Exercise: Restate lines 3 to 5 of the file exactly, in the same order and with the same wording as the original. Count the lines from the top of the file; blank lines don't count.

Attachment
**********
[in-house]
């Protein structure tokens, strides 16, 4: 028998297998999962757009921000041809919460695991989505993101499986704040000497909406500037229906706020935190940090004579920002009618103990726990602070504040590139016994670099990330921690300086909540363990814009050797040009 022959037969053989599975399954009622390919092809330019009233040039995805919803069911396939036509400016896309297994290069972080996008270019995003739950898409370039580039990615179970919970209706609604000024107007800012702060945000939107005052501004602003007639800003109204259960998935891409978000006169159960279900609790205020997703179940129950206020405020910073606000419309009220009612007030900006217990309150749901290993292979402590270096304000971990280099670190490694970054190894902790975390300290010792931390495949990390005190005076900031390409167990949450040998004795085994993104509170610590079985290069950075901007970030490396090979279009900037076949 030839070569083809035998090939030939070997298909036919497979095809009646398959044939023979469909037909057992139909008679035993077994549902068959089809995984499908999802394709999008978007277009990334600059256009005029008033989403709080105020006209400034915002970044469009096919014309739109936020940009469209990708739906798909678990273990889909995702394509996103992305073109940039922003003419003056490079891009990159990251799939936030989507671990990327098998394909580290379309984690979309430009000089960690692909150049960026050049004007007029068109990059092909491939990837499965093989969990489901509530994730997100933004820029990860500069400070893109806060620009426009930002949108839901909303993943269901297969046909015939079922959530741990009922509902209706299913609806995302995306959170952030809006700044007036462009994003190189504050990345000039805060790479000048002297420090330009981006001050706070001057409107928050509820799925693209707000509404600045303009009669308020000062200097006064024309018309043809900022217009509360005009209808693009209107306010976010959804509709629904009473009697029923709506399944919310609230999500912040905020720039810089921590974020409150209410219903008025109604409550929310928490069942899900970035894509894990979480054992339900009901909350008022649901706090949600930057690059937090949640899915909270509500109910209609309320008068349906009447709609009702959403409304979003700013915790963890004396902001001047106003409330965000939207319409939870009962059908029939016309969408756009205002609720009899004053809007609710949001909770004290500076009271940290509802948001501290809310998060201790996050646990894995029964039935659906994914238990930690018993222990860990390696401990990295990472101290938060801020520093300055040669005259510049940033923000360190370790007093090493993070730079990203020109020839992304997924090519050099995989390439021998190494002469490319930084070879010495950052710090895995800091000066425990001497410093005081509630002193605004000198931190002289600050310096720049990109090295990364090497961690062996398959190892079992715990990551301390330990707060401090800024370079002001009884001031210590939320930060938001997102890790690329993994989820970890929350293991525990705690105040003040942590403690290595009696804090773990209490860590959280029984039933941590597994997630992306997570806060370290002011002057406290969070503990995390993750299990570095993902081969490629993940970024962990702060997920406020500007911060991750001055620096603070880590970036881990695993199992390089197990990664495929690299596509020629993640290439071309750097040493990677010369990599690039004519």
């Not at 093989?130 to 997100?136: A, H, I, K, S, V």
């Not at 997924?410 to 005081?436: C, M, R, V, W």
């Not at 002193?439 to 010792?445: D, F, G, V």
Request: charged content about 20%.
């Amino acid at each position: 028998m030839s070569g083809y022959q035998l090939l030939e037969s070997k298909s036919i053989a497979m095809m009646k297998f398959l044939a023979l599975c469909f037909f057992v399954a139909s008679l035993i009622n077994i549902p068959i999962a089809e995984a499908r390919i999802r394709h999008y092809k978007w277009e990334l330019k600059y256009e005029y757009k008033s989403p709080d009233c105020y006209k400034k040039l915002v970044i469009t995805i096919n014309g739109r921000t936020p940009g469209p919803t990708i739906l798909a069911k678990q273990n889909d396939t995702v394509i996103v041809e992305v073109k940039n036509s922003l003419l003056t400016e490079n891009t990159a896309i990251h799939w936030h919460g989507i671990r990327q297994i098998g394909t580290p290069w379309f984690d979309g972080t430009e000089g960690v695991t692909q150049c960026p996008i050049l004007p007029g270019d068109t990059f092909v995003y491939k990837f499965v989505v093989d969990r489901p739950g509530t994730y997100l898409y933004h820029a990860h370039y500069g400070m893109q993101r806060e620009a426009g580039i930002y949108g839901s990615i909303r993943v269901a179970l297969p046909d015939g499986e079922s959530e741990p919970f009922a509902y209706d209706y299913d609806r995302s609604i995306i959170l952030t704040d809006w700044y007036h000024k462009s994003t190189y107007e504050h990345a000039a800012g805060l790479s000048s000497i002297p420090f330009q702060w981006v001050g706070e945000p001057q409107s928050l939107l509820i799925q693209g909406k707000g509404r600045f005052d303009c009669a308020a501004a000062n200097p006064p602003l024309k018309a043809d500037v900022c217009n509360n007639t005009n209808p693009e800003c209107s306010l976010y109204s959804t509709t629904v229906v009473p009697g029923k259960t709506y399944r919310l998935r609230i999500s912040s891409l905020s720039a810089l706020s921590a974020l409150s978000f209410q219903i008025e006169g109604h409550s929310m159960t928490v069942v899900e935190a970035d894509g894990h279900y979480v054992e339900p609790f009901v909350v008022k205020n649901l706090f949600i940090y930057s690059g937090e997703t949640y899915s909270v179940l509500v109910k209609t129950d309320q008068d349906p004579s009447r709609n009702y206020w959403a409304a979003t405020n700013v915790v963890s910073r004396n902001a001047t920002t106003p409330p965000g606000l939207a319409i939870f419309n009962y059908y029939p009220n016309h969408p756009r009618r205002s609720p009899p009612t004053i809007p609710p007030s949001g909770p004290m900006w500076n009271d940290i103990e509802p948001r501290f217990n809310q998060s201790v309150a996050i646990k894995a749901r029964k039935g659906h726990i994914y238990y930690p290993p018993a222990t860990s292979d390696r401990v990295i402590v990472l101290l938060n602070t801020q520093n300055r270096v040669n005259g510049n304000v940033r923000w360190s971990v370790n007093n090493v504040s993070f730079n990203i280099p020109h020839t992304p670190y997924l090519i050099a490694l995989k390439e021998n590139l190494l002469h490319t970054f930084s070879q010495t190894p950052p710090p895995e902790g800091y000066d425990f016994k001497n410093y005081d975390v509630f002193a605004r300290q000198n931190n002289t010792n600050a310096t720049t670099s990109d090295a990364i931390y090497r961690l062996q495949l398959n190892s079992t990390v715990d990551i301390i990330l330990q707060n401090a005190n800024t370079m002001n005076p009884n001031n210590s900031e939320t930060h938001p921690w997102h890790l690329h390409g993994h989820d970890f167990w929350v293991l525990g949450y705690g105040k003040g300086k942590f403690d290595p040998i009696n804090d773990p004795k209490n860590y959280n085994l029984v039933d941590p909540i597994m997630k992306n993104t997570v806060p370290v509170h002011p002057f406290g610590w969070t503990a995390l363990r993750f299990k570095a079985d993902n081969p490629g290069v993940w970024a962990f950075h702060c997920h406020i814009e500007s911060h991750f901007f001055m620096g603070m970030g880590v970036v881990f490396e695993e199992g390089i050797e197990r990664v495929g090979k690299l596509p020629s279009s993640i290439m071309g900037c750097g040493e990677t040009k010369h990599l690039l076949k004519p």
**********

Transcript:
């Not at 093989?130 to 997100?136: A, H, I, K, S, V």
């Not at 997924?410 to 005081?436: C, M, R, V, W």
């Not at 002193?439 to 010792?445: D, F, G, V």